Three years ago I bought a satsuma tree.
I brought it home in anticipation of husband arriving back home so he could plant it out on Highway 90.
Toby thought that tree in a pot must have had something wonderful hidden among its roots. She dug it out of the pot three times.
Lee, who mows the yard for me, happened to be there when I was trying to pick up the tree—again and repot it. He was laughing. I gave up on waiting to plant it elsewhere and asked him to plant it somewhere that was a good spot–and not where Toby could dig it up.
The first year we had a dozen fruits.
The next year two dozen–we cherished them–saved them for special occasions.
We had a hard frost last winter and were afraid we might lose the tree–along with our Meyer Lemon.
But we have had bushels of fruit–we became so spoiled–just run out to the front yard and pick a half dozen, when those were gone, go get more.
Starting in October, we have had fresh fruit from the tree. I’ve picked several dozen lemons, given away some, and then there were no more.
But as soon as we mourned the loss of the fresh fruit, blossoms appeared. Branches are heavy and need propping against the promised fruit.
And the lemon tree?
Covered with blossoms with bees eagerly working away.
While working on the apiary yesterday, I checked on my tank garden.
The tanks are conveniently elevated for my back, but have the disadvantage of not draining when overwhelmed with Noah’s Ark level of rain. One tank was flooded out–but one tank has a healthy crop of lettuce nearly ready for harvesting.
I have a few peas–not as many as I would like—but still a few fresh peas will be added to our dining pleasure.
My northern relatives are taking photos of birds in bare shrubs in backgrounds of snow; I am thinking that I didn’t remember my bee suit as being that hot—and sinking three or four inches into the mud.
Each morning I get up, look out my bedroom window, hoping to see vistages of sunshine. But the last few weeks have been gray, drizzly, foggy, and COLD!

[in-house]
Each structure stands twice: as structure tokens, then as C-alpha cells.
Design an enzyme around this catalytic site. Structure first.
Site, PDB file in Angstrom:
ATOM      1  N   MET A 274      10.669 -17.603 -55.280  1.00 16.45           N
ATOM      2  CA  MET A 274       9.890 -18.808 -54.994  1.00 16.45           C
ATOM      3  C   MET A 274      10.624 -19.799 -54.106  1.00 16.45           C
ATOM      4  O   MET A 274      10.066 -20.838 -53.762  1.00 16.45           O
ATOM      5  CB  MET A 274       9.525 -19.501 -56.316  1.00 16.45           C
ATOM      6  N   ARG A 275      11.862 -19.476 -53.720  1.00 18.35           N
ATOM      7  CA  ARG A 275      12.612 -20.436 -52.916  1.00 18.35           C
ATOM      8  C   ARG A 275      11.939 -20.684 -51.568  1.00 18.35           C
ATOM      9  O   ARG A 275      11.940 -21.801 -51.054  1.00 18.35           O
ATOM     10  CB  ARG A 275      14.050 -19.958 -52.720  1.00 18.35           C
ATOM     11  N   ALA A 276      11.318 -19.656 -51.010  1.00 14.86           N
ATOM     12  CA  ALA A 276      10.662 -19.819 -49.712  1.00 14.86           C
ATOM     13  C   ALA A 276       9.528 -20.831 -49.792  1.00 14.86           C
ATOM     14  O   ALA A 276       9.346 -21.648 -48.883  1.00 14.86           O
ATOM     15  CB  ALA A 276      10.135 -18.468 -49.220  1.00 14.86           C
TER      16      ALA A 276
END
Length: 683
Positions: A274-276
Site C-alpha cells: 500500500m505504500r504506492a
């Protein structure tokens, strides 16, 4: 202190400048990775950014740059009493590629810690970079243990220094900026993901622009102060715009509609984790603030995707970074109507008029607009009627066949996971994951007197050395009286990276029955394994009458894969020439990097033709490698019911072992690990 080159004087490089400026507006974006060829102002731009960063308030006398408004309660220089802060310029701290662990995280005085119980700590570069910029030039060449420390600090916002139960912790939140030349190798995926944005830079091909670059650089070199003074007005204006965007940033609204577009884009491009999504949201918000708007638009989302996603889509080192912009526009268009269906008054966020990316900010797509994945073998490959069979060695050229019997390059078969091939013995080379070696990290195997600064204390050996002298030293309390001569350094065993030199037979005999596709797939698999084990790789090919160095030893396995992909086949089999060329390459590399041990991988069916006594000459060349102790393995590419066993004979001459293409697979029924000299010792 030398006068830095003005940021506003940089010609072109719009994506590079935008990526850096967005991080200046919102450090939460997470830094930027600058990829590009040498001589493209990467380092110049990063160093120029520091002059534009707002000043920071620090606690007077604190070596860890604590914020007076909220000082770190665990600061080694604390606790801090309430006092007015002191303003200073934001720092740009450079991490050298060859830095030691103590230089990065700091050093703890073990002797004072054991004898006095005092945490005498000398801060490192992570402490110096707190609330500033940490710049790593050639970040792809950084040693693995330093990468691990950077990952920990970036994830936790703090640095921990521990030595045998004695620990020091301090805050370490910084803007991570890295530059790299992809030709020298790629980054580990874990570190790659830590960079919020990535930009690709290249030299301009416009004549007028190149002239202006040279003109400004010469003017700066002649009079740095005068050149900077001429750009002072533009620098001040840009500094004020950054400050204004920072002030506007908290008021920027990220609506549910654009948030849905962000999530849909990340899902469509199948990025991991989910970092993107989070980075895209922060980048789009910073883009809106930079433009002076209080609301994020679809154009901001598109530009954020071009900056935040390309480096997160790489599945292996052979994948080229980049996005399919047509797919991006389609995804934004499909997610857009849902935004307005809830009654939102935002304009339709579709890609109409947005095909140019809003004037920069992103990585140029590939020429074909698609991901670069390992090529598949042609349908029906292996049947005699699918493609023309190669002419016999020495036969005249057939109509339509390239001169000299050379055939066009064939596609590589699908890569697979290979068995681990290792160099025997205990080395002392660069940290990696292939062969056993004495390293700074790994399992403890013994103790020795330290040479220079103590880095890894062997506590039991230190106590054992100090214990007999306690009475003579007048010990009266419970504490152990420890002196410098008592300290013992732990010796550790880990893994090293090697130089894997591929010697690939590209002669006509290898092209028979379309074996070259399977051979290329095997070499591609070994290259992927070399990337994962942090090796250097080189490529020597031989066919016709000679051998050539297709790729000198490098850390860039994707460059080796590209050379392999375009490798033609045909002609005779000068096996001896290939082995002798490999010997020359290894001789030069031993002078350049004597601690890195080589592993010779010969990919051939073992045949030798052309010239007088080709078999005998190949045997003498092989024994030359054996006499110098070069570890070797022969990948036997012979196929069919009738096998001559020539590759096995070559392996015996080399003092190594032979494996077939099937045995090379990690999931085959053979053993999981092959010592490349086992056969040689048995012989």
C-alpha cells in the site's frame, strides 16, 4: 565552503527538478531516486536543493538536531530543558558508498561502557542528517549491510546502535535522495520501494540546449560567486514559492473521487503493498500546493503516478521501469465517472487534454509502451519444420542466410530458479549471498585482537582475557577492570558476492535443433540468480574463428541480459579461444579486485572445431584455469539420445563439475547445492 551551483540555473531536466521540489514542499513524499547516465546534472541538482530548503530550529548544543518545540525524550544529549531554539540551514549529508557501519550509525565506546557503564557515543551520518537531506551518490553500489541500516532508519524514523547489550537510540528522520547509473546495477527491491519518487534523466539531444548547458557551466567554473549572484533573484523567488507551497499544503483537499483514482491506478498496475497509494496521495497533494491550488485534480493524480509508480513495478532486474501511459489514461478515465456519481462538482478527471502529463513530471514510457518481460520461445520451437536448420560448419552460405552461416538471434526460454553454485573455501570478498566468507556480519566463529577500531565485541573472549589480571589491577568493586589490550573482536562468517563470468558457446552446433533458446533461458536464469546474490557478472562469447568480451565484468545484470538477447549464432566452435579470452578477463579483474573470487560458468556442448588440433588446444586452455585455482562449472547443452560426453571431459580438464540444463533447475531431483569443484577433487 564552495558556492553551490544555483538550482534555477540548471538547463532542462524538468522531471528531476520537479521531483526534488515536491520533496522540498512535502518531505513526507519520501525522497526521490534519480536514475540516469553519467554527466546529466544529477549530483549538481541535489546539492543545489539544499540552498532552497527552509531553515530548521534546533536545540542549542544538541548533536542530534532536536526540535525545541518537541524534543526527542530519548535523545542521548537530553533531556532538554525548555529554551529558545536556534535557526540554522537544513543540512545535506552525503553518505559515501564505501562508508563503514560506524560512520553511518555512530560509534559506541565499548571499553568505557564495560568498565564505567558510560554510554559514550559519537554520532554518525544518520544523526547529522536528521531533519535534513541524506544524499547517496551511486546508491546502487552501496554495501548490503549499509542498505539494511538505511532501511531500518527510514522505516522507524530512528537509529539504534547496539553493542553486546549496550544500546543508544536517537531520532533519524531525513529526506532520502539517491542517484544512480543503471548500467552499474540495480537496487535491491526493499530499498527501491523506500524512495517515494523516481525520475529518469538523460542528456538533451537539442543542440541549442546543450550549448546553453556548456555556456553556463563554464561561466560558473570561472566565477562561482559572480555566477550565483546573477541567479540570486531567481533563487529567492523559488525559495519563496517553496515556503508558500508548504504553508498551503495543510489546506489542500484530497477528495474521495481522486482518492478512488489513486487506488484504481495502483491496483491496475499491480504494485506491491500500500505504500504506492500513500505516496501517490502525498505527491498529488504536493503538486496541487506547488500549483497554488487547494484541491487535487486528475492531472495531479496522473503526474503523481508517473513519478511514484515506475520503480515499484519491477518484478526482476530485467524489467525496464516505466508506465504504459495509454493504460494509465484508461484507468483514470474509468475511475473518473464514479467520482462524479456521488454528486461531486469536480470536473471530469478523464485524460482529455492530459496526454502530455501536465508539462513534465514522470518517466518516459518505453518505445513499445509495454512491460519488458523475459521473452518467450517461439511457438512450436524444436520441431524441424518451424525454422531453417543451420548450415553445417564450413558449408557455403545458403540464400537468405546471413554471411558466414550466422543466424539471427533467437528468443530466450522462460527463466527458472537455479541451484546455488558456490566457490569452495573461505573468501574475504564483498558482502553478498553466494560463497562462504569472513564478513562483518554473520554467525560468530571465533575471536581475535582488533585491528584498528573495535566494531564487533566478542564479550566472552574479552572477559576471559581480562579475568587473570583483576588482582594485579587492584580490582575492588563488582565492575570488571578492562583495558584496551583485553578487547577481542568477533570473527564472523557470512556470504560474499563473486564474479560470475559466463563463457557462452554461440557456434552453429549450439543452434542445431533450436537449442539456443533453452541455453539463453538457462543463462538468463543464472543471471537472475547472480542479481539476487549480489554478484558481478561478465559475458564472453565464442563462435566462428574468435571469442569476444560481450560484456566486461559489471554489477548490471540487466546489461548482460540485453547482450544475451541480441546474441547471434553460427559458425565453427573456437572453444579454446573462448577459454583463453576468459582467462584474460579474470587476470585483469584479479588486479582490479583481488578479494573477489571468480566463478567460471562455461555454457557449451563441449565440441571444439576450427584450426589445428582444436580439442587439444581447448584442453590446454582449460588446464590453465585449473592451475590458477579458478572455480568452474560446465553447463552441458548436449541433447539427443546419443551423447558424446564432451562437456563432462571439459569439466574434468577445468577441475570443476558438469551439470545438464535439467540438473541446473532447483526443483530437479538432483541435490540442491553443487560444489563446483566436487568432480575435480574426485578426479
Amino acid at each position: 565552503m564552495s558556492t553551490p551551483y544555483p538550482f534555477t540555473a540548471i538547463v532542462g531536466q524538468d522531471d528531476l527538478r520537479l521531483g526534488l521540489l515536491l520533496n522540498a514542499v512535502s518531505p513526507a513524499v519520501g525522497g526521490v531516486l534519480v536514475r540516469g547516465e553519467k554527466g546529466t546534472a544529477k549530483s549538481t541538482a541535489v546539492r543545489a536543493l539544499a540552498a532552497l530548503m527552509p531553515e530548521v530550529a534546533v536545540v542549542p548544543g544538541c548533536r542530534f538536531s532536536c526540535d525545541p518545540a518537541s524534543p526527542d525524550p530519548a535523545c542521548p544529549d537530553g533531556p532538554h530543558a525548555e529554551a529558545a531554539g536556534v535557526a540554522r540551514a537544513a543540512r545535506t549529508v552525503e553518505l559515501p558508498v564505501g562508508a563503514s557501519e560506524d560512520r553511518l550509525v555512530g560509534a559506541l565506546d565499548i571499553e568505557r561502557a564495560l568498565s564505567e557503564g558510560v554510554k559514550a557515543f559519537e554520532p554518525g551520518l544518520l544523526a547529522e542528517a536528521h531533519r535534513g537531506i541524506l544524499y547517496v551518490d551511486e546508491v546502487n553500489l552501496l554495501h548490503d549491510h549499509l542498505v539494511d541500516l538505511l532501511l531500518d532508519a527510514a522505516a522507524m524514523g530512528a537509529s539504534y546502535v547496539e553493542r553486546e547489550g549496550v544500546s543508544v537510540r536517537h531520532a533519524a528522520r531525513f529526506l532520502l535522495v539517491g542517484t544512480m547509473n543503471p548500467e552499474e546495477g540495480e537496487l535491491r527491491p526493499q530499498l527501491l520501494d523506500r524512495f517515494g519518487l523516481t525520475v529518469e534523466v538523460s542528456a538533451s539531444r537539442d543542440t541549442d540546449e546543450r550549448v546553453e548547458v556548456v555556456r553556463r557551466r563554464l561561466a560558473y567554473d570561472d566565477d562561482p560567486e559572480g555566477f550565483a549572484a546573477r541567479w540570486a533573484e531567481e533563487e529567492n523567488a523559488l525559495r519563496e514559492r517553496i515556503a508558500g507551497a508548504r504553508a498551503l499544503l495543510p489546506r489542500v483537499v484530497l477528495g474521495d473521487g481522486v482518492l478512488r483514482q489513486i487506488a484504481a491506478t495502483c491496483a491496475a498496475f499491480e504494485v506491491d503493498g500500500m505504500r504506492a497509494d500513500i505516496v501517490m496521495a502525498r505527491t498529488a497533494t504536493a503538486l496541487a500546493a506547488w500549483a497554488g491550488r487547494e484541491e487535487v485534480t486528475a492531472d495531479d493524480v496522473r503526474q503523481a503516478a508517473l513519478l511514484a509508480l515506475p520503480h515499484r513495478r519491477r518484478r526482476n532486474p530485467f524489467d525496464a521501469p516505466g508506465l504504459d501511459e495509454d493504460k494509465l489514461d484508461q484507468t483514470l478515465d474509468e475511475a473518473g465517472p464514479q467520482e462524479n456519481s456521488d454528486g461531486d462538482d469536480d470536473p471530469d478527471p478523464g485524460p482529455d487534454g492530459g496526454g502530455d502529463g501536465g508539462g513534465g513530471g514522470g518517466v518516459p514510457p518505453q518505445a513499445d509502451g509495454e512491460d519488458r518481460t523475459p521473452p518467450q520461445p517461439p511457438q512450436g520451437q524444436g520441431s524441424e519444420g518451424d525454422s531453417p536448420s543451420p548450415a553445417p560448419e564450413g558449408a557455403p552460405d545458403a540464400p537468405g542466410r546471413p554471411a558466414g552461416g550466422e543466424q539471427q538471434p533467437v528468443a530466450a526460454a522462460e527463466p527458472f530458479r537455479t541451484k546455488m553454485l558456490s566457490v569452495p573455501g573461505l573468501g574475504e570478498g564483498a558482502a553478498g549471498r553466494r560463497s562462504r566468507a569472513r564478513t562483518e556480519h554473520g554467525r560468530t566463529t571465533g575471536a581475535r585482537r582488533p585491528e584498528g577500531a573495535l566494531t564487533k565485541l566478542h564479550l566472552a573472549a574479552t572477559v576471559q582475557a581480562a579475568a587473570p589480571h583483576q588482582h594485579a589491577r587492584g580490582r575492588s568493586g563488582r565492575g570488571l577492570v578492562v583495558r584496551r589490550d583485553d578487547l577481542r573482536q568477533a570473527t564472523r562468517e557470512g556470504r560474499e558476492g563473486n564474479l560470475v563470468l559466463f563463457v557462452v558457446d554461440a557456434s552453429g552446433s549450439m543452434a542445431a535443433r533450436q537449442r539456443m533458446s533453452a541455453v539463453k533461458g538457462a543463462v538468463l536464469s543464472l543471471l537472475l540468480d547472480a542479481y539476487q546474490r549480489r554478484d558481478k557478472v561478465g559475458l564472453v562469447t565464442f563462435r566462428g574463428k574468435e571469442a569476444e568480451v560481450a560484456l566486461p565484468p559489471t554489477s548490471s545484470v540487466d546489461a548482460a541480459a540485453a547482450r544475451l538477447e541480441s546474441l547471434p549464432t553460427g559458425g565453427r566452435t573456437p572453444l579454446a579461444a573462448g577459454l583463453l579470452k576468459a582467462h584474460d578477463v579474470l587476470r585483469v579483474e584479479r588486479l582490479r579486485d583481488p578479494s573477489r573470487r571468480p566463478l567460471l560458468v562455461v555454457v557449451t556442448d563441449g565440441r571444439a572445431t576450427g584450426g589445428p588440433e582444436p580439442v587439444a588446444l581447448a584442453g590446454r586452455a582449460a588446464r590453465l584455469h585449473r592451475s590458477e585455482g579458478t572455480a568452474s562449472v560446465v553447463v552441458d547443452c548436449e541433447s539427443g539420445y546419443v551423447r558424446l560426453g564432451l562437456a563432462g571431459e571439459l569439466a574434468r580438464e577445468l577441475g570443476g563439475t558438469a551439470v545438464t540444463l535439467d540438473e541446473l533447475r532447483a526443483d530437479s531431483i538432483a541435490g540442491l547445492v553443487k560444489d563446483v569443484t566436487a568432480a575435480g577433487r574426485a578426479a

My Wisconsin relatives think that it is always hot here and our houses are warm and cozy. This house is designed for heat outside, not cold outside—and I wear slippers and robe and each sitting area has a set of afghans or quilts to wrap up in.
But then there are the flowers.
Azaleas are in full bloom. Ditto the peach tree–and maybe I will get some peaches this year. We picked the last satsuma three weeks ago—we had become quite spoiled–want some fresh fruit, just go pick one or two off the tree.
I still have lemons to process–maybe I’ll make some marmalade–there are still dozens left on the tree. Again, so spoiled.–want a fresh lemon–just go pick one or two.
I understand another major snow storm is forecast for this weekend—for all my relatives and friends who live in the icebox regions of our world–perhaps you can enjoy these blooms—and spend a few minutes looking through your seed catalogs which somehow always arrive in mid January.
Here is the link to the azaleas and peach blossoms.https://sylviaweirphotos.smugmug.com/Whatsblooming/March-flowers/i-NJRkXTk/A
My mother always planted a row of Marigolds and Zinnias in her vegetable garden along the edge. Zinnias are easy to grow, proliferate wildly and show a variety of colorations. Marigolds on the other hand are always bright orange and gold; their scent being repulsive.
Rabbits and deer do not like marigolds. They will eat potato plants, tomato plants, and love lettuce, broccoli, cabbage and all the other vegetables you plan to grow in your garden.